My husband returned home around 3.30am. The pool wasn't as hot as I'd like and so he turned the hose on which was lovely. I told him I was pushing but didn't think I should be. I had tried feeling my cervix but couldn't find it and thought it was therefore probably still far back and not dilated at all. It occurred to me later that perhaps I couldn't feel it because it WAS dilated, but I thought this unlikely as I couldn't feel anything else either. I was panicking about my pushing, which was the only thing that made me feel any better. I thought perhaps baby was starting to move down but that this was likely wishful thinking. I told my husband I couldn't do it and shouldn't be pushing. He reassured me to listen to my body. I told him it wasn't my body it was my mind and he told me that my mind was part of my body too. I kept pushing and felt something moving down. I prayed that this was actually the baby. Each contraction I pushed as much as I could. Soon I felt a strong pop (my waters? I really hoped it wasn't anything else!) and looked down to see the pool water was all clear. Then I felt something which felt like it might be the start of the ring of fire and shouted "SHIT OH SHIT". I kept going, desperate for this to be it. I tried to slow my pushing down but couldn't pant through it. I was crying out through each contraction, as if by making more noise than the contraction had power then I would be ok. I roared as loudly as I could, which helped me focus and feel in control. Contractions were irregular and sometimes I felt like I was creating them. I felt something moving further down and more ring of fire. I was rearing up like I heard some do in the pushing stage but still didn't feel my body pushing. I cried "it's moving back in!" and my husband responded this was normal but I was desperate for it to be over and so prevented things moving backwards. I was very, very loud as something finally moved outwards. I cried, feeling this must be wrong and I was forcing my body to do something it wasn't ready for.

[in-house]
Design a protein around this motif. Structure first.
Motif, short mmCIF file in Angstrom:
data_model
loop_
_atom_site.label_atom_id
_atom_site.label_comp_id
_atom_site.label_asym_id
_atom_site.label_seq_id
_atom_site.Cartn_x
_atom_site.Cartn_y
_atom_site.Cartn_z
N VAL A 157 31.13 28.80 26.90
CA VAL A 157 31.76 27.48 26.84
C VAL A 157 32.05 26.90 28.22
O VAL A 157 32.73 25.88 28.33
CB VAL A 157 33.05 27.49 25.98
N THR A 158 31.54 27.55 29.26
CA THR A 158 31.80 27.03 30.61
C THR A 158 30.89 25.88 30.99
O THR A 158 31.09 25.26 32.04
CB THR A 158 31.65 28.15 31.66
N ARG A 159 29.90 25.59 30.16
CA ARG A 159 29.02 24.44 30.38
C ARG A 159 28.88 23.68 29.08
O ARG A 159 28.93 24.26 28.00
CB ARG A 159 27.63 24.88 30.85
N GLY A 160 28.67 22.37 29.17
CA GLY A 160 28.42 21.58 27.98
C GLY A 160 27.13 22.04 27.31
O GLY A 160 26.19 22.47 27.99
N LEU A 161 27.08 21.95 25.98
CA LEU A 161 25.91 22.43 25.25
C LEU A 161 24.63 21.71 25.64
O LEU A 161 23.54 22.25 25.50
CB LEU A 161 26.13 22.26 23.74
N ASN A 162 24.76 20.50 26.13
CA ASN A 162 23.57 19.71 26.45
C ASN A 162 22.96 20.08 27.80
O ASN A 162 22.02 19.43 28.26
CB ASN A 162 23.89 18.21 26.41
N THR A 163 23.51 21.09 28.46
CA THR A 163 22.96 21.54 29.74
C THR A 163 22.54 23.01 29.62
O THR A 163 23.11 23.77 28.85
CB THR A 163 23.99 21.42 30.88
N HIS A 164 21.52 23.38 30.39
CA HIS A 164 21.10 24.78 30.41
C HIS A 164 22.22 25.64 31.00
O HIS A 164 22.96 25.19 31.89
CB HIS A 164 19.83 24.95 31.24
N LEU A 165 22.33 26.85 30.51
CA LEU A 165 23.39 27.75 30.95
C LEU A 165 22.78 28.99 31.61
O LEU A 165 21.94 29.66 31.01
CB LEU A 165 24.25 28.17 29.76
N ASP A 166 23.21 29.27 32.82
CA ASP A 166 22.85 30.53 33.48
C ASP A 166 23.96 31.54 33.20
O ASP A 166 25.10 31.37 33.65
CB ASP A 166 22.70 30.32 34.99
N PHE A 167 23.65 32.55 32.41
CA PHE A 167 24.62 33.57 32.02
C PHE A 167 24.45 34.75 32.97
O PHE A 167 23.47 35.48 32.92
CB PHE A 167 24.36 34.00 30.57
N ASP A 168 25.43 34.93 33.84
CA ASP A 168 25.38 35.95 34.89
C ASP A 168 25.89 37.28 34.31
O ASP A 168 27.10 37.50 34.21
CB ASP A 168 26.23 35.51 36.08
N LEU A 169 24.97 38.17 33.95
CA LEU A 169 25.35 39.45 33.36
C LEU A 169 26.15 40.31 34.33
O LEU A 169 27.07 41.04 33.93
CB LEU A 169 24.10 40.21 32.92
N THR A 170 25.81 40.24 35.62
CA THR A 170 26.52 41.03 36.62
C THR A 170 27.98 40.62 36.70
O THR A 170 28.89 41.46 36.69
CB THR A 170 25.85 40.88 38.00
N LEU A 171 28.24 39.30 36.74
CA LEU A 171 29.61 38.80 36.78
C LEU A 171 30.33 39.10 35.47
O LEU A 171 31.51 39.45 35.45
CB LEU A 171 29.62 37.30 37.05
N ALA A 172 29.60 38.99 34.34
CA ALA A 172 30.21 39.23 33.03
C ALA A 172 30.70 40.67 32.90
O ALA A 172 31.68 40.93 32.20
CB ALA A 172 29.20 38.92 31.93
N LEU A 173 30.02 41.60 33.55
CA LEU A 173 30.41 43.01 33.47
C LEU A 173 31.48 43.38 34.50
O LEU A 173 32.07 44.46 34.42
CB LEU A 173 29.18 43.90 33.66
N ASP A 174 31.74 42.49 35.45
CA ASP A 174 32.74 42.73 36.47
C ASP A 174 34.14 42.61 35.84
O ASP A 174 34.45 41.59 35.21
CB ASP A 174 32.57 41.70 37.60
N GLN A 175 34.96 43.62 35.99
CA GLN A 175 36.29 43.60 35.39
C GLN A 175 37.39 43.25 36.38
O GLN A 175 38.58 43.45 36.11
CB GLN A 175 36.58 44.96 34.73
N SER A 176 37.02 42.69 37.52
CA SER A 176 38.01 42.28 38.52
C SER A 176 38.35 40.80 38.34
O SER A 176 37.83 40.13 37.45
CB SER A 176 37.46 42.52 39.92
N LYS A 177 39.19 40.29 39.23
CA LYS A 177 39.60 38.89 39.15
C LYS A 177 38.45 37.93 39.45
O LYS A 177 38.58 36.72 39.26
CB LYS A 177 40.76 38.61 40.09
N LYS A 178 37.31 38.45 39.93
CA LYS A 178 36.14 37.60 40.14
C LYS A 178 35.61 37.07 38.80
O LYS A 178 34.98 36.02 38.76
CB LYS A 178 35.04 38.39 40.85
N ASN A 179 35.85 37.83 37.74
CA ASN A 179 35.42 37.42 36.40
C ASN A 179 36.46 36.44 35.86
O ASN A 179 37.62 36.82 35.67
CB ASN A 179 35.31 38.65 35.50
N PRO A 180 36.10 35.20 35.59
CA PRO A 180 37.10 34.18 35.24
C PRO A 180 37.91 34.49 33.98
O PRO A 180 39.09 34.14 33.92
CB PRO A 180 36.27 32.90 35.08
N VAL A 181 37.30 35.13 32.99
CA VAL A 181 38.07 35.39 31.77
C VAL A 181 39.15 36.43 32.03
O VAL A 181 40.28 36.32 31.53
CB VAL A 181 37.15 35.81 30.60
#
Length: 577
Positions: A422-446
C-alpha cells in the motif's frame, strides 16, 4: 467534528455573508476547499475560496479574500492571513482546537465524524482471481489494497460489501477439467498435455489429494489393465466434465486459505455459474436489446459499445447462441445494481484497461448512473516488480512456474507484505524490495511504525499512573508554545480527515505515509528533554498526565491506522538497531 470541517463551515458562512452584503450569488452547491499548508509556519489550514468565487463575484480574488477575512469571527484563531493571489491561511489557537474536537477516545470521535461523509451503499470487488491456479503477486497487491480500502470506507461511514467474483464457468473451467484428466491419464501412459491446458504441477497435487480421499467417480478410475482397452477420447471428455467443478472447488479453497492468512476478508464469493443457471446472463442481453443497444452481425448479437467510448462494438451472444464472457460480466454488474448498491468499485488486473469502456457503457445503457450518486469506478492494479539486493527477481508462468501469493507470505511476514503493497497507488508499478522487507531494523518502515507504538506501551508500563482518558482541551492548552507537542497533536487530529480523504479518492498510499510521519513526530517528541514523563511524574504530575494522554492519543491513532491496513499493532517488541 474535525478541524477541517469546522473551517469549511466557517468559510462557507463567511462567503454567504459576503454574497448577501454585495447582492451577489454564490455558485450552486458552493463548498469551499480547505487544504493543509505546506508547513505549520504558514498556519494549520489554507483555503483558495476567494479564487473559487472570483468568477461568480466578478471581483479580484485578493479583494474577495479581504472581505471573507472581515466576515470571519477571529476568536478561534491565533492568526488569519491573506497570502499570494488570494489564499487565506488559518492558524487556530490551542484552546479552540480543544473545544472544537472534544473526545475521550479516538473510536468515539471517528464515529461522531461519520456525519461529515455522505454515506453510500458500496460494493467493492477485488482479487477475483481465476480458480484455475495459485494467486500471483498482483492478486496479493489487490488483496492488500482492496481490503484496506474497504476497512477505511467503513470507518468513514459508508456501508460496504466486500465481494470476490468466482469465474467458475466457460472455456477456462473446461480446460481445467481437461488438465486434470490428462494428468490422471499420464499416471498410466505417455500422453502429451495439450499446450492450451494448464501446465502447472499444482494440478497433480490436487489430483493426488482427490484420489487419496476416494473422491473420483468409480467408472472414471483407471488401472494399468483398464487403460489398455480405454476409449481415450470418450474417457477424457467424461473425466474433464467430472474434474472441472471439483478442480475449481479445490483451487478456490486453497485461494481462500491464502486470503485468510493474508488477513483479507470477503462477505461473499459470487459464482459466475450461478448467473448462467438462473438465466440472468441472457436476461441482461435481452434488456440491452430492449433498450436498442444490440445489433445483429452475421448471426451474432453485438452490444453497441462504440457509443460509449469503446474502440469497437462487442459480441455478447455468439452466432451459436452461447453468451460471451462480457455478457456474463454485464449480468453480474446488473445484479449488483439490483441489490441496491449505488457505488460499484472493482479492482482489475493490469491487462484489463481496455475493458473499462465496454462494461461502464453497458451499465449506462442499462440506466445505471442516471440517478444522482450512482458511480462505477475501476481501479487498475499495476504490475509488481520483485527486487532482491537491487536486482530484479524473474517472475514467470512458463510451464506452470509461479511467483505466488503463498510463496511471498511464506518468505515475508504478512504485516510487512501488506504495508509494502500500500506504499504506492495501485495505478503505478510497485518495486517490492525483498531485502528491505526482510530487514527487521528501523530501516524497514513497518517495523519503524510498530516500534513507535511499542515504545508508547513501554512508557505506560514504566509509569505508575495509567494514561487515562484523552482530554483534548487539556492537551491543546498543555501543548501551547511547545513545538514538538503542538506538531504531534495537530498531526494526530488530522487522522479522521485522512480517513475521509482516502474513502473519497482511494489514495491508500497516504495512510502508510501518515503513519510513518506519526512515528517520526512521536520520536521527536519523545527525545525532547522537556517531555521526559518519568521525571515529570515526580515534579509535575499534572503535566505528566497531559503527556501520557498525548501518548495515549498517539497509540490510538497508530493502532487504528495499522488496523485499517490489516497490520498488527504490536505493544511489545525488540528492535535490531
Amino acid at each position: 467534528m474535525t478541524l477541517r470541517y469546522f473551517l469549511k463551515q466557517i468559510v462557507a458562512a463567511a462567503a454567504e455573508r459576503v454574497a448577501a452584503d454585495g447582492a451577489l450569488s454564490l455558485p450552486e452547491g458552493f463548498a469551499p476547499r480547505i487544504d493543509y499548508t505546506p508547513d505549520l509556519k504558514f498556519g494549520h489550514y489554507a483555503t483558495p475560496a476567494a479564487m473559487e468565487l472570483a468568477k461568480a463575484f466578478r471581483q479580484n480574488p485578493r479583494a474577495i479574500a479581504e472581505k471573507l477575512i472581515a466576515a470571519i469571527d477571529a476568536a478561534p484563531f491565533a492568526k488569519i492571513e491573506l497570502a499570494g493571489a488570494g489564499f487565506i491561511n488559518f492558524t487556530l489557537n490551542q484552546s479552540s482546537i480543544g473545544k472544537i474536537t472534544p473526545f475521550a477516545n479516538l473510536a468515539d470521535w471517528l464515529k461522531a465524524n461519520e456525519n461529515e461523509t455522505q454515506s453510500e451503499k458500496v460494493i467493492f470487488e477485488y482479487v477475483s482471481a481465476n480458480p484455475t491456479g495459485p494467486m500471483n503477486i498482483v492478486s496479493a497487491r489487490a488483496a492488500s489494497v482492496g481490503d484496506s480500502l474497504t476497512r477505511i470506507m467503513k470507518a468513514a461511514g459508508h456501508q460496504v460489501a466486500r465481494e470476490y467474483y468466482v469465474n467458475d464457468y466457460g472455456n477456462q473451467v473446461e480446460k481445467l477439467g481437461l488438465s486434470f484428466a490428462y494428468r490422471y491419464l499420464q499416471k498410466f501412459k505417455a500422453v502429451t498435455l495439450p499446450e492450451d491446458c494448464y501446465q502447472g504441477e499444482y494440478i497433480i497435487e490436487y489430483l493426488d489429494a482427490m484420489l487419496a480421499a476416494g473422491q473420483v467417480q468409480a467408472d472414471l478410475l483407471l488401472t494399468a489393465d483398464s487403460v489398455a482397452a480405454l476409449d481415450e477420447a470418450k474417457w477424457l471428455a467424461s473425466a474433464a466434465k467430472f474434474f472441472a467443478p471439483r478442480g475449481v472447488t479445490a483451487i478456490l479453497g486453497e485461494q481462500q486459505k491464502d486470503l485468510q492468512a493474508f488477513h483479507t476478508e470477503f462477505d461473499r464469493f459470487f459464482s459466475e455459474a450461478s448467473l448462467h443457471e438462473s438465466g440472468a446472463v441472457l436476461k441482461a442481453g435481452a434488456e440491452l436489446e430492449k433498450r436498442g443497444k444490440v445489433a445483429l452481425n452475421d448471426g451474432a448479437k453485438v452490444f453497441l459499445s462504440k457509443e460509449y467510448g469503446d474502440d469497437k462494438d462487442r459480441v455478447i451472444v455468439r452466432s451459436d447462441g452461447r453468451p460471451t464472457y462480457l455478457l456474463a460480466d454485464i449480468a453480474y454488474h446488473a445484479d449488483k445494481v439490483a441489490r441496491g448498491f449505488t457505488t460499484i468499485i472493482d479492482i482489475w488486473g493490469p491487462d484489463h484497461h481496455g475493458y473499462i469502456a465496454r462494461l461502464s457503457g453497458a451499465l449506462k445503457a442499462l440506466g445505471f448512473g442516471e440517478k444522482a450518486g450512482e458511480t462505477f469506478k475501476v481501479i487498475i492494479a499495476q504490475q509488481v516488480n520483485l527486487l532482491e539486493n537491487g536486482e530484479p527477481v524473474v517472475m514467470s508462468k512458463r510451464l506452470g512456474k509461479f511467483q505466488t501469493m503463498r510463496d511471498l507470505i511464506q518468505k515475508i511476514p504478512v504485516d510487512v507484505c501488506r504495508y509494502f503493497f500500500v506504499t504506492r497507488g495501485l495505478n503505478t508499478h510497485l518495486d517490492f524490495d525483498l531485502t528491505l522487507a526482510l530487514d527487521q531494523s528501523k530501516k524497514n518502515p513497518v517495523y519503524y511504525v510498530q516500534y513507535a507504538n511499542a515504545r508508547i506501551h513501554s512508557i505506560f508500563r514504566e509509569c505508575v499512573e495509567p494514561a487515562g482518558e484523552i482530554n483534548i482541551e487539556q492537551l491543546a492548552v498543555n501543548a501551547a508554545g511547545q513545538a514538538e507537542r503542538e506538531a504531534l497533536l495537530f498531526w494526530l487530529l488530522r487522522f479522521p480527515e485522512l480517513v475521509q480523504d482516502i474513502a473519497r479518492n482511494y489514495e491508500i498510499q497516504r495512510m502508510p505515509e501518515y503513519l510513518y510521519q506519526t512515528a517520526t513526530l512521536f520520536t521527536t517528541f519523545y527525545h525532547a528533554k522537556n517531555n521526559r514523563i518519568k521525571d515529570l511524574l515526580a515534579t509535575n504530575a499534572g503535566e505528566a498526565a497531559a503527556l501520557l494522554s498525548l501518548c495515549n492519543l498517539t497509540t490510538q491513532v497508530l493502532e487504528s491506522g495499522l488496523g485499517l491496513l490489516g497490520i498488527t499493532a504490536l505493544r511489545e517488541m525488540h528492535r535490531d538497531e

I saw a watch which told me it was 4am - my first was born at 4pm. Soon after I felt down and felt something between my hand and a head I shouted to my husband "I've pushed my cervix out of my body!" convinced it couldn't be the baby. My husband reached down and calmly said "that's a baby's head. I can feel the hair". I felt again and could feel something like hair. I kept pushing so hard, willing each contraction on. I said "I need it out" and finally the head was fully out. I couldn't work out whether to catch the baby in front of or behind me, and wiggled back and forth to figure out which would work. After what seemed a lifetime I pushed and pushed and the body followed. I lifted my baby out of the water and the cord was loosely around their neck, which I took off. I saw something on the bottom of the pool and worried it was cord but it was poo! The baby looked at me for several moments. I thought their face looked like a boys, but didn't check as I was focusing on them breathing. My husband passed a towel and we rubbed them and they began to cry. I'd actually done it!